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Avoid disruption by being the disruptor

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Rapid advancement in digital technologies means that market and customer change is outpacing the rate at which companies can respond, and while there are now fewer constraints, there are more variables in trying to plan and invest in new products and services.
A new how-to guide from OutSystems SA, titled “How to disrupt and avoid disruption”, authored by ex-CIO and now independent trend spotter and future strategist, Terry White, serves as a guide for South African companies looking to engage in disruptive innovation in an increasingly complex environment.
In a report titled “The case for digital reinvention”, consultancy firm KPMG shows that disruptors enjoy a 12,3% improvement in revenue, while future-proofing your business as a defensive stance – being a fast follower – shows a 5,3% gain.
“When seen against ‘disrupted’ organisations, which will show a revenue decline, the net effect is a more than 20% improvement in revenues,” says White.

Traditional methods no longer work
When navigating business environments characterised by rapid technological change and shrinking product cycles, sticking to traditional decision-making methodology becomes costly, risky, and time consuming.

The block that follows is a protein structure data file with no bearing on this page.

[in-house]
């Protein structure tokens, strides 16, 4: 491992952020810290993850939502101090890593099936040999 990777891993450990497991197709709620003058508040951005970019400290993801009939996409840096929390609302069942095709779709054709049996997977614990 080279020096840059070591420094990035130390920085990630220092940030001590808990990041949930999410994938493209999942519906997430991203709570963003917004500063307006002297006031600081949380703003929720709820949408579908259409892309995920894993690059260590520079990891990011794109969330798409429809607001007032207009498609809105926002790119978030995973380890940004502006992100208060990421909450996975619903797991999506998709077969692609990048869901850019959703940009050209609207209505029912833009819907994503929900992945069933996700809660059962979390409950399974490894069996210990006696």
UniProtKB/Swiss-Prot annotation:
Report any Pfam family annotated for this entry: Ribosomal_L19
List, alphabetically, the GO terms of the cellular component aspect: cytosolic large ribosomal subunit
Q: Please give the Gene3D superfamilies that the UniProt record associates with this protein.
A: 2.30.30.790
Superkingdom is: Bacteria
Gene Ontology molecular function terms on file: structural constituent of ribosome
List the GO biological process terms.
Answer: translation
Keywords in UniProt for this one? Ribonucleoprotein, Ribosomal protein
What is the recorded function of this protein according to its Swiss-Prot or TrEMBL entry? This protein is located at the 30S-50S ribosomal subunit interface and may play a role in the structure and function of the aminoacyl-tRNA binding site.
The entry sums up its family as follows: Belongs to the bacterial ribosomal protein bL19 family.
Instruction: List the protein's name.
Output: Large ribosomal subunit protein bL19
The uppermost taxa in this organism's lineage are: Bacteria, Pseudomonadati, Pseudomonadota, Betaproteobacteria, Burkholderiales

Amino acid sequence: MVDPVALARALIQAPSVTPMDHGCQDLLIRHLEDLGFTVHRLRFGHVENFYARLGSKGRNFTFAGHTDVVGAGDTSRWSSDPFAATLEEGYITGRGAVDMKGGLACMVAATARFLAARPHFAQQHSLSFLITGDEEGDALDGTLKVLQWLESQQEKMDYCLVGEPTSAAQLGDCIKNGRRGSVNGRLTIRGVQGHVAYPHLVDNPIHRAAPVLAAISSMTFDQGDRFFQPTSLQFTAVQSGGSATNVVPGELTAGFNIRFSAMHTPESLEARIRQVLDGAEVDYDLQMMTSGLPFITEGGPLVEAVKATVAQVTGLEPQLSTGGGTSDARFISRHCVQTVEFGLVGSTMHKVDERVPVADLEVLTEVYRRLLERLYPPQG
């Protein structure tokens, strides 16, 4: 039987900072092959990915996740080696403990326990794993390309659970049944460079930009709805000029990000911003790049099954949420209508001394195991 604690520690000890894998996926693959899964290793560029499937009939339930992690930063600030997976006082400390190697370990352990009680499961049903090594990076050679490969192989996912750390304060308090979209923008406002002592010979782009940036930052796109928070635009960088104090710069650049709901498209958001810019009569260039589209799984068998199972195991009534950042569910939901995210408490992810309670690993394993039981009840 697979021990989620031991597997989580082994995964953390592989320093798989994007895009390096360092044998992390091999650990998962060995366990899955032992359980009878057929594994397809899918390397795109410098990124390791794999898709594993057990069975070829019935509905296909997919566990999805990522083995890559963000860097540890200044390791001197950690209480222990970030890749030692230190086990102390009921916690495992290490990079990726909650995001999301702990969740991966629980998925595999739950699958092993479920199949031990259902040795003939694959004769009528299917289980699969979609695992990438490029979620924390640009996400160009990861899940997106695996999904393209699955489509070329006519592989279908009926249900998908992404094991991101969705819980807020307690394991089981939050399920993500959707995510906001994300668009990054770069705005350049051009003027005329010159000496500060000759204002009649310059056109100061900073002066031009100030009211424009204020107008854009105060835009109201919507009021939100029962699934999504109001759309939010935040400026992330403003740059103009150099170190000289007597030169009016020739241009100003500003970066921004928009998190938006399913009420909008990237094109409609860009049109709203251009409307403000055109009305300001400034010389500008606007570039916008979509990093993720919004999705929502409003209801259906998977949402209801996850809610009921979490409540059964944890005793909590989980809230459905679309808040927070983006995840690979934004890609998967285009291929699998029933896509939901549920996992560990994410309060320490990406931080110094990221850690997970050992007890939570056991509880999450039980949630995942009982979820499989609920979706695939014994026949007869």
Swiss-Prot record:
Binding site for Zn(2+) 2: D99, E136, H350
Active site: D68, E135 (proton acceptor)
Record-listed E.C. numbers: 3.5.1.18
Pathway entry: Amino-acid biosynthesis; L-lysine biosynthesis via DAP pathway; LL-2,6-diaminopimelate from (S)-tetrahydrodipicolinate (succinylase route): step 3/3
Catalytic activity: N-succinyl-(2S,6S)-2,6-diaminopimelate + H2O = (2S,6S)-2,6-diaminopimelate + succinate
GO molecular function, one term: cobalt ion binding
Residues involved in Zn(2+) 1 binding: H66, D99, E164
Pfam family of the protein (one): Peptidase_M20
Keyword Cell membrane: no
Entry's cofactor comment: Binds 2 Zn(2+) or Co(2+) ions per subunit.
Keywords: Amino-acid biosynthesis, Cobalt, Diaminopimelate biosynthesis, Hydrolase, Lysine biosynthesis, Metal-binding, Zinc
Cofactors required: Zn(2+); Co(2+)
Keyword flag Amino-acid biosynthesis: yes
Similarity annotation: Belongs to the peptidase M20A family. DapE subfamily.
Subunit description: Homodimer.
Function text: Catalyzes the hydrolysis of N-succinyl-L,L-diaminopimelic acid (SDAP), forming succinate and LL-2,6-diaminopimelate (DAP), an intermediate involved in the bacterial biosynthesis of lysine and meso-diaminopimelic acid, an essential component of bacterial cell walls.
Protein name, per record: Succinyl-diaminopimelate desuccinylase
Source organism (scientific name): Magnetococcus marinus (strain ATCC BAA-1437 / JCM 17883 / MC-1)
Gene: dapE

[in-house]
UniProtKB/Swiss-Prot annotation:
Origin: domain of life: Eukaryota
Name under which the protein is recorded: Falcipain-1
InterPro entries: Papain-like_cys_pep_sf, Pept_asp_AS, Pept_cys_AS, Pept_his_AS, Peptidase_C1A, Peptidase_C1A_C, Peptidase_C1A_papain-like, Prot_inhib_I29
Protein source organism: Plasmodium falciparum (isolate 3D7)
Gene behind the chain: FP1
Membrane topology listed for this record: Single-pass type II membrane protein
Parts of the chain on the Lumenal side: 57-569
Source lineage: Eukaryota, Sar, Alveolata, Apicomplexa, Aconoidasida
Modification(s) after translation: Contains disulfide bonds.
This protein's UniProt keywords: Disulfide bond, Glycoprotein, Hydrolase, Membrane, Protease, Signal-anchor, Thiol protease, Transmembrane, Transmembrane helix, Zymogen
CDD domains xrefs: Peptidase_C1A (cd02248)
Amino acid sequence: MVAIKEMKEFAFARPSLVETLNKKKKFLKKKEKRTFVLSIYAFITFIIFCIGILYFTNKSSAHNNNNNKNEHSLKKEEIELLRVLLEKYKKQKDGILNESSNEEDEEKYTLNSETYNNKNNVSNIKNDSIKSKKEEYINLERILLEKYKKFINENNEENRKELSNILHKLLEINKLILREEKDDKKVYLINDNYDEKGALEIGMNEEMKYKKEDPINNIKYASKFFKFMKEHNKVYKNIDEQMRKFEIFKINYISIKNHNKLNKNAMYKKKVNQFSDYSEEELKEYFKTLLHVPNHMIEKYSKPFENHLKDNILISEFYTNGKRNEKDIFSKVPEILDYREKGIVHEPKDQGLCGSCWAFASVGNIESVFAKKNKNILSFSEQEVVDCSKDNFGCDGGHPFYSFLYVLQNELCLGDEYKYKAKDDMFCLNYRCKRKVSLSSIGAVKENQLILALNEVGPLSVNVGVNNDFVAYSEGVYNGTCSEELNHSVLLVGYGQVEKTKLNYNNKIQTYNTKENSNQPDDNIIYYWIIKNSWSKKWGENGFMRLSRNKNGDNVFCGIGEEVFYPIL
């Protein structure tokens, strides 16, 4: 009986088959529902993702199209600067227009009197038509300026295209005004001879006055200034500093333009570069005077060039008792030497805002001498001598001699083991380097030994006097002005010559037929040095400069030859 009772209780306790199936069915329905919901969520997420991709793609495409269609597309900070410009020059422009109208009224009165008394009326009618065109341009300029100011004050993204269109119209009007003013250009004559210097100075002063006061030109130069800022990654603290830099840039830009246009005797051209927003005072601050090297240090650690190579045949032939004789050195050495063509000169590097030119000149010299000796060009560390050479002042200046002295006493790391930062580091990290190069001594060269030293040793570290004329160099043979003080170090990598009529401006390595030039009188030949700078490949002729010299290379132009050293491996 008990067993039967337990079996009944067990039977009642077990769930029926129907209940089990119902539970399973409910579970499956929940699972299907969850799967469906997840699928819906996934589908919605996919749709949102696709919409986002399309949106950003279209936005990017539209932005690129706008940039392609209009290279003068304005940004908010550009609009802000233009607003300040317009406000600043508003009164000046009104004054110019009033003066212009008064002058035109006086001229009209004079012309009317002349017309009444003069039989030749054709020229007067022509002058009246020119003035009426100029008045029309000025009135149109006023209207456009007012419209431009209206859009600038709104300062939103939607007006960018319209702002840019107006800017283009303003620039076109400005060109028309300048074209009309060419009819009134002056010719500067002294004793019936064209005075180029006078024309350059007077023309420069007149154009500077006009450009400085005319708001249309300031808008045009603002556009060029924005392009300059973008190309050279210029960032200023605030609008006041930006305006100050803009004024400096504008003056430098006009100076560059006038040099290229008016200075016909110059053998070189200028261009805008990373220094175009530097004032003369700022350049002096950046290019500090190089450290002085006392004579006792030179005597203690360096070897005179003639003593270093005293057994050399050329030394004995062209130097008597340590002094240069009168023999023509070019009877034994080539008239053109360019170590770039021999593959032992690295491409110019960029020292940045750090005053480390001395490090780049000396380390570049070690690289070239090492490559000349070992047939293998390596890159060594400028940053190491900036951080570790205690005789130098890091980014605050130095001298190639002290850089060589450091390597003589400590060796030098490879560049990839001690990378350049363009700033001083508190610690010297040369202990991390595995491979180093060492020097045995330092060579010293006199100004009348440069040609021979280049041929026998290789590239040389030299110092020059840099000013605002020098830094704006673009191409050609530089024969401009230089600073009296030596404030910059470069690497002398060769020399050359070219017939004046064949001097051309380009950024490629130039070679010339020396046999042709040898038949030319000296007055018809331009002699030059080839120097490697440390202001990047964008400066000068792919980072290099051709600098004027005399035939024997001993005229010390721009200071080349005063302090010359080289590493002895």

This view is supported by research by Accenture, which suggests that future-proofed organisations will establish partnerships and work within a wide-ranging ecosystem; they’ll focus on their unique expertise and make it indispensable to their ecosystem; and finally they will embrace operational flexibility.
“In complex environments, when assumptions are uncertain, you invest for the short-term to test your assumptions – about what customers want, about what product features they need, and about who will pay for what,” says White, calling it the Real Options or “invest to test” approach.
By testing, South African companies can quickly and more affordably ascertain if their customer hypothesis is right, or if proved wrong, to wait for a more favourable market environment, to test another assumption, or to pivot.
“Real Options investment success lies in creating relative certainty at a low risk and cost,” adds White.
In addition, the guide looks at the need for organisations to keep a close eye on industry trends, to establish a close relationship with their customers in order to create unique experiences, and to adopt a lean enterprise model to be able to react to challenges quickly.